Hussman: Watch the lagging indicators

John Hussman is not buying the recent risk-on sentiment that has developed since September began. For example, retail sales numbers are to be released tomorrow.  Marc Chandler has said that a number above consensus estimates of 0.3% growth "will likely be seen as further confirmation that that exceptionally soft patch the economy had slipped into (May and June retail sales contracted) has eased."

In Hussman’s view, recent jobs numbers point to further downside ahead. He writes:

Except for a burst of census hiring that briefly pushed payroll growth above trend during the second quarter of this year, job growth has been perpetually below trend over the past two years. During the post-war period, the civilian labor force has historically grown at about 0.15% each month, which currently implies that normal "trend" job growth should be about 225,000 jobs per month.

While last month’s labor report was favorably received by Wall Street, that reception was based strictly on the fact that job losses were not as bad as anticipated, given concerns about a "double dip" in the economy. The problem with this celebration, however, is that analysts continue to overlook the typical lags between deterioration in leading indicators and deterioration in coincident measures, much less lagging ones. As I’ve noted frequently in recent commentaries, the typical lag between deterioration in say, the ECRI Weekly Leading Index and the ISM Purchasing Managers Index is about 13 weeks, and sometimes longer. The typical lag with respect to new claims for unemployment is about 23-26 weeks (which puts the likely window of deterioration at about the October – November time frame), and the typical lag with respect to the payroll unemployment report is, not surprisingly, about 4 weeks beyond that. The critical risk area here extends for several months, not a few weeks.

The labor reports of the past three months cannot possibly be considered to be favorable from a macroeconomic perspective. The reason for this is that these reports were each more than 500,000 jobs short of what should have been expected.

Hussman then goes on to model out how jobs data are transmitted to the broader economy via an Impulse Response model.

For employment, a 1% shock in job creation or destruction (versus trend growth) tends to be followed over the following year by an additional 1% movement in jobs in the same direction.

He says the normal impulse response to the large job destruction of 2008 and 2009 would be further job losses for a time. But we are well past the propagation point for those job losses. Rather, in a normal recovery, 460,000 to 500,000 jobs would be created. So, we are well short of this. Why? Clearly this has something to do with consumer deleveraging and/or industrial recalculation as labour shifts away from depressed sectors of the economy awaiting the pick up in new growth sectors.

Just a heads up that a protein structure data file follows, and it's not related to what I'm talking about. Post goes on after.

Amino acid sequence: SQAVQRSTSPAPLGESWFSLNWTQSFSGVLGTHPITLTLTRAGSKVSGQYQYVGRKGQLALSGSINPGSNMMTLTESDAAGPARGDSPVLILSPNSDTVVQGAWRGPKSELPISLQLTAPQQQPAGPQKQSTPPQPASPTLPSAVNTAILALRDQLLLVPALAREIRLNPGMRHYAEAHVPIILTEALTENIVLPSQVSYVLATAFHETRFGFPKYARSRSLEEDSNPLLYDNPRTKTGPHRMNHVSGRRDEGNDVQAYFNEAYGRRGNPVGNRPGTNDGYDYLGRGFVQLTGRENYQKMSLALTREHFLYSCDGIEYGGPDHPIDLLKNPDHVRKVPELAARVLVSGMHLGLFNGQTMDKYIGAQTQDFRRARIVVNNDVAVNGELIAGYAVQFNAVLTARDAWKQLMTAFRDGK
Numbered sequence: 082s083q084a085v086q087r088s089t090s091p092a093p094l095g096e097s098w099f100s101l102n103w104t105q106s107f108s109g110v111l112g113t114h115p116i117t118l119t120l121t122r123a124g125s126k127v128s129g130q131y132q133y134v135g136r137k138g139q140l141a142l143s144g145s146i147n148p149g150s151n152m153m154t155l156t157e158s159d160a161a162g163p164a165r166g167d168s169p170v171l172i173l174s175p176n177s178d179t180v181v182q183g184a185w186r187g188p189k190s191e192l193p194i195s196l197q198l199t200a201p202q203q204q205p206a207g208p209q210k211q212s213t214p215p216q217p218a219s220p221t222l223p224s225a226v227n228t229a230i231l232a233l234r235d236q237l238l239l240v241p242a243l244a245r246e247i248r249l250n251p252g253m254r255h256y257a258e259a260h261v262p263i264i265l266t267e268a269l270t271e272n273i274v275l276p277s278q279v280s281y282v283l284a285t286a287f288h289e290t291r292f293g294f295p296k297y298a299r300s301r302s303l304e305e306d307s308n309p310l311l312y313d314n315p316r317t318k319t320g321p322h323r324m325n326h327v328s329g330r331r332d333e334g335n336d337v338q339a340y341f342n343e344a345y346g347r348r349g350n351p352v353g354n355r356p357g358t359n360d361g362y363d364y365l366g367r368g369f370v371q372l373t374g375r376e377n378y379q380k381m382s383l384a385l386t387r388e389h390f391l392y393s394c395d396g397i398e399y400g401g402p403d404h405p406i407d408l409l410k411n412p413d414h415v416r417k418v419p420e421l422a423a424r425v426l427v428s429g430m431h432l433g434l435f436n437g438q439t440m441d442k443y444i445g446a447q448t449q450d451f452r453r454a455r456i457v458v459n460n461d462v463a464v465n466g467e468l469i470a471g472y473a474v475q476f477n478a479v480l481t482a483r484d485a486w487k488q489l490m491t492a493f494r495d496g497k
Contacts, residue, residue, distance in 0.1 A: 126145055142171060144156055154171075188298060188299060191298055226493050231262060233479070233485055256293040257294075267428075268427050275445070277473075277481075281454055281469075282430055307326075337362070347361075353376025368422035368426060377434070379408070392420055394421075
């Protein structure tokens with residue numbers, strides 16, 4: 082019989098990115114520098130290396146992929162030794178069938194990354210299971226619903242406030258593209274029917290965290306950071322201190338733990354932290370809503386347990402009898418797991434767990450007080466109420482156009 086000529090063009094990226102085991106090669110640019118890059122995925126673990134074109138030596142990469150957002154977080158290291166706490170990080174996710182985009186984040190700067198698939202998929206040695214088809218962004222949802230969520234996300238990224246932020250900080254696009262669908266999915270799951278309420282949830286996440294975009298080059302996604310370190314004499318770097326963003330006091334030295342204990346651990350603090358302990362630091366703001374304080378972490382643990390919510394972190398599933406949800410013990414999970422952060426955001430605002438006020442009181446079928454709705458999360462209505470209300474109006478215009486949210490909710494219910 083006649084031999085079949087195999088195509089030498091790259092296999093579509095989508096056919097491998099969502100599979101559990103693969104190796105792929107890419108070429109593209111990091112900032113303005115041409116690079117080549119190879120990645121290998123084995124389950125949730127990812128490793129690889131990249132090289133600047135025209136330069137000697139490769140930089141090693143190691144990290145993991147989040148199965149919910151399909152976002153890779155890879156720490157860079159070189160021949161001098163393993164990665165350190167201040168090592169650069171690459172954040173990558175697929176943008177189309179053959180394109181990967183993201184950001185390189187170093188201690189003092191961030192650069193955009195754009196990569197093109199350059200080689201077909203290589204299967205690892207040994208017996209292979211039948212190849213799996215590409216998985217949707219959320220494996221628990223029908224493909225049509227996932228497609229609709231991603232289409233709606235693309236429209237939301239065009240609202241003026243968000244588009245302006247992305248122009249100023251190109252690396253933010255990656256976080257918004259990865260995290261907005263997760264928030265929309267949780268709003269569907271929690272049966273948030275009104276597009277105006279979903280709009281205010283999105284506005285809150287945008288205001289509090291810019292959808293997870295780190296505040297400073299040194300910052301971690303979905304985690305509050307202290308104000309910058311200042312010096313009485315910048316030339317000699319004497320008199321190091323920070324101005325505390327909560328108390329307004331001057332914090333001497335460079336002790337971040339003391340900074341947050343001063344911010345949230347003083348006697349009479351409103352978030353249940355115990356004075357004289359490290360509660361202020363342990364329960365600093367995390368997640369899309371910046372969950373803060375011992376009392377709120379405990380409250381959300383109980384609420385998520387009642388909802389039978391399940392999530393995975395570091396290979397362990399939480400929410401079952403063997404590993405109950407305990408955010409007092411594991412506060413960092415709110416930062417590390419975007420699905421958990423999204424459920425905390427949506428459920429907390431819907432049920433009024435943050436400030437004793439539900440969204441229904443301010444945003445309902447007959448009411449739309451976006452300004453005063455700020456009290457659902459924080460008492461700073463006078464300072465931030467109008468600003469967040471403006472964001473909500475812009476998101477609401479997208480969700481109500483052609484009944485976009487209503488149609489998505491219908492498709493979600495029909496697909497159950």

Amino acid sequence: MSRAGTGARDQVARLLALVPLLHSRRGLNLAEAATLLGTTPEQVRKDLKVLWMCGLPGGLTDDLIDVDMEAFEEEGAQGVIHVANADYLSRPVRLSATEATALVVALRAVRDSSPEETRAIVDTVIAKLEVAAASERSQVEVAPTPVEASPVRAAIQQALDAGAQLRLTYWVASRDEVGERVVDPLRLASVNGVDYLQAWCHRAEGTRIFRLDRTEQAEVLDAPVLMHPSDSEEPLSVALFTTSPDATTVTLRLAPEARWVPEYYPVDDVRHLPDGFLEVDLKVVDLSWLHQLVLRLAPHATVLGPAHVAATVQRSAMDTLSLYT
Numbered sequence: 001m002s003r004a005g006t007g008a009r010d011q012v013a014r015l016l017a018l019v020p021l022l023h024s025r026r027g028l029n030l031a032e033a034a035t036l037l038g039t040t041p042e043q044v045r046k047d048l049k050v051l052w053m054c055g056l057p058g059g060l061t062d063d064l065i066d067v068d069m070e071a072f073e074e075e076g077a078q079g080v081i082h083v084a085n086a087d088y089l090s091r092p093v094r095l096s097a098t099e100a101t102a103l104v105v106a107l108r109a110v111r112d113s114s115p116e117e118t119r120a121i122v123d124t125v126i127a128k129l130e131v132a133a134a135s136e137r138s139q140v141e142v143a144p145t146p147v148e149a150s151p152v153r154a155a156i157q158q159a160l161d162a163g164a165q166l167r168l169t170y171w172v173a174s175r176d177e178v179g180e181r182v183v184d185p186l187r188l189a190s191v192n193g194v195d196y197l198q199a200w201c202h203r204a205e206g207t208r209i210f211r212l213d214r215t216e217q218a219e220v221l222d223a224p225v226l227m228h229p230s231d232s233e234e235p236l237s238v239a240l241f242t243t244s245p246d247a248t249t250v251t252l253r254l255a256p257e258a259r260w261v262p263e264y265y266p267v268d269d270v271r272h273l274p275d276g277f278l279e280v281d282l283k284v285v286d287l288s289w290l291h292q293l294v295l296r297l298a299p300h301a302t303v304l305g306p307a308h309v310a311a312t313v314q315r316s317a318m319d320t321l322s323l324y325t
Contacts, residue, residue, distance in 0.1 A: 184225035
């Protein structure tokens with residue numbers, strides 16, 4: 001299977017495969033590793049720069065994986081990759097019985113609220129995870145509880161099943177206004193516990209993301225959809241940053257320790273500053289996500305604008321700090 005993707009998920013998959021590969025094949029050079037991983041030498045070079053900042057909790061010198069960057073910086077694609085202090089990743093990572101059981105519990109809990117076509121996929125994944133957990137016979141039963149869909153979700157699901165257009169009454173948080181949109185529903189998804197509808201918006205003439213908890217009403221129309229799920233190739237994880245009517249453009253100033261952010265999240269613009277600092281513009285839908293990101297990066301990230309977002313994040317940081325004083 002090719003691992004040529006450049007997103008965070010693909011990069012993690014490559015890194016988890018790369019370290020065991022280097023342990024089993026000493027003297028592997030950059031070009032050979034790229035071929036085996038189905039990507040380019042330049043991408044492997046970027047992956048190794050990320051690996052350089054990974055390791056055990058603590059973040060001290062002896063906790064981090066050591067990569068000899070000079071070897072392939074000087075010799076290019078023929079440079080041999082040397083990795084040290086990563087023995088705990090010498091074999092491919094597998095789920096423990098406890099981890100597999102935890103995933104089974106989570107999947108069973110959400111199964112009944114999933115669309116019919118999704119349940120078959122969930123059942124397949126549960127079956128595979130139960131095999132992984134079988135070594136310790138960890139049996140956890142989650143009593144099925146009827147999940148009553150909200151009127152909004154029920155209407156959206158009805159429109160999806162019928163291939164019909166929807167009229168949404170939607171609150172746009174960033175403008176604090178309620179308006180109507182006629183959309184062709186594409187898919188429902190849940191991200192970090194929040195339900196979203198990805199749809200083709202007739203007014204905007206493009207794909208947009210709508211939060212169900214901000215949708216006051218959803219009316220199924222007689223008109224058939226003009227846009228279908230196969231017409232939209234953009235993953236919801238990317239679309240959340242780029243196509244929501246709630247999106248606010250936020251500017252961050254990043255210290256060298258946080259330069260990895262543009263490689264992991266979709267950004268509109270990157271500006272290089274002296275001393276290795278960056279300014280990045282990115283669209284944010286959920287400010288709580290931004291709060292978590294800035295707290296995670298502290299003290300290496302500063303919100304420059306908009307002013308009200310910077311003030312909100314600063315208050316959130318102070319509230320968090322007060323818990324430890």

So what is the most likely outcome of this situation? In my view, the next three months represent the most serious window for the U.S. economy and labor market. The typical 23-26 week lag between leading indicator deterioration and new unemployment claims deterioration suggests that we may observe upward pressure on new claims for unemployment beginning about mid-October. As I noted last week, however, these lags can be somewhat variable, and the leading indicators tend to have a better correlation with price fluctuations in the securities market. By the time the coincident economic evidence is clear, securities markets have often completed a large portion of their adjustment.

On the positive side, while the next few months may provoke some further job losses, I suspect that the U.S. economy is already running fairly "lean" from an employment standpoint. The better leading indicators of economic activity do suggest a further round of cuts, but there is not nearly as much room for this as employers had going into the recent credit crisis. Employment losses have already been so profound that the typical impulse response actually creates something of a tailwind for the labor market, which hopefully will hold additional job losses to a tolerable level. That said, we shouldn’t rely on anything close to the typical impulse response, because generally speaking, past "tailwinds" for job growth after a recession have been heavily reliant on the fresh expansion in debt-financed, large-ticket spending. This includes fixed investment, autos, durable goods, and residential investment.

Overall then, we are facing the likelihood a fresh near-term deterioration in U.S. economic activity, as part of a longer multi-year adjustment, which is typical post-credit crisis behavior. My impression is that Wall Street is eager to treat the present cycle as a "V-shaped" recovery. We see little evidence to support that view, and the best evidence we do observe is more consistent with a double-dip (if not a continuation of a single ongoing recession).

This is not a V-shaped recovery. And Hussman says we need to watch the lagging indicators to ascertain what sort of impulse response the fresh batch of employment weakness will have on the real economy. The ISM numbers should be of particular note not just here in the US but in Asia where there has been softness.

However, as I indicated in the links this morning, there are other more bullish scenarios based on an end to consumer deleveraging. As Marc Chandler has suggested, the retail sales number out tomorrow will be a good test of this view, which is driving the risk-on trade. For his part, Hussman believes the greatest downside risk is more in terms of stocks than the economy because profit margins are rich. Since margins mean-revert, his conclusion is that the risk/reward at present valuation is poor. Much more at the link below.

Impulse Response – John Hussman

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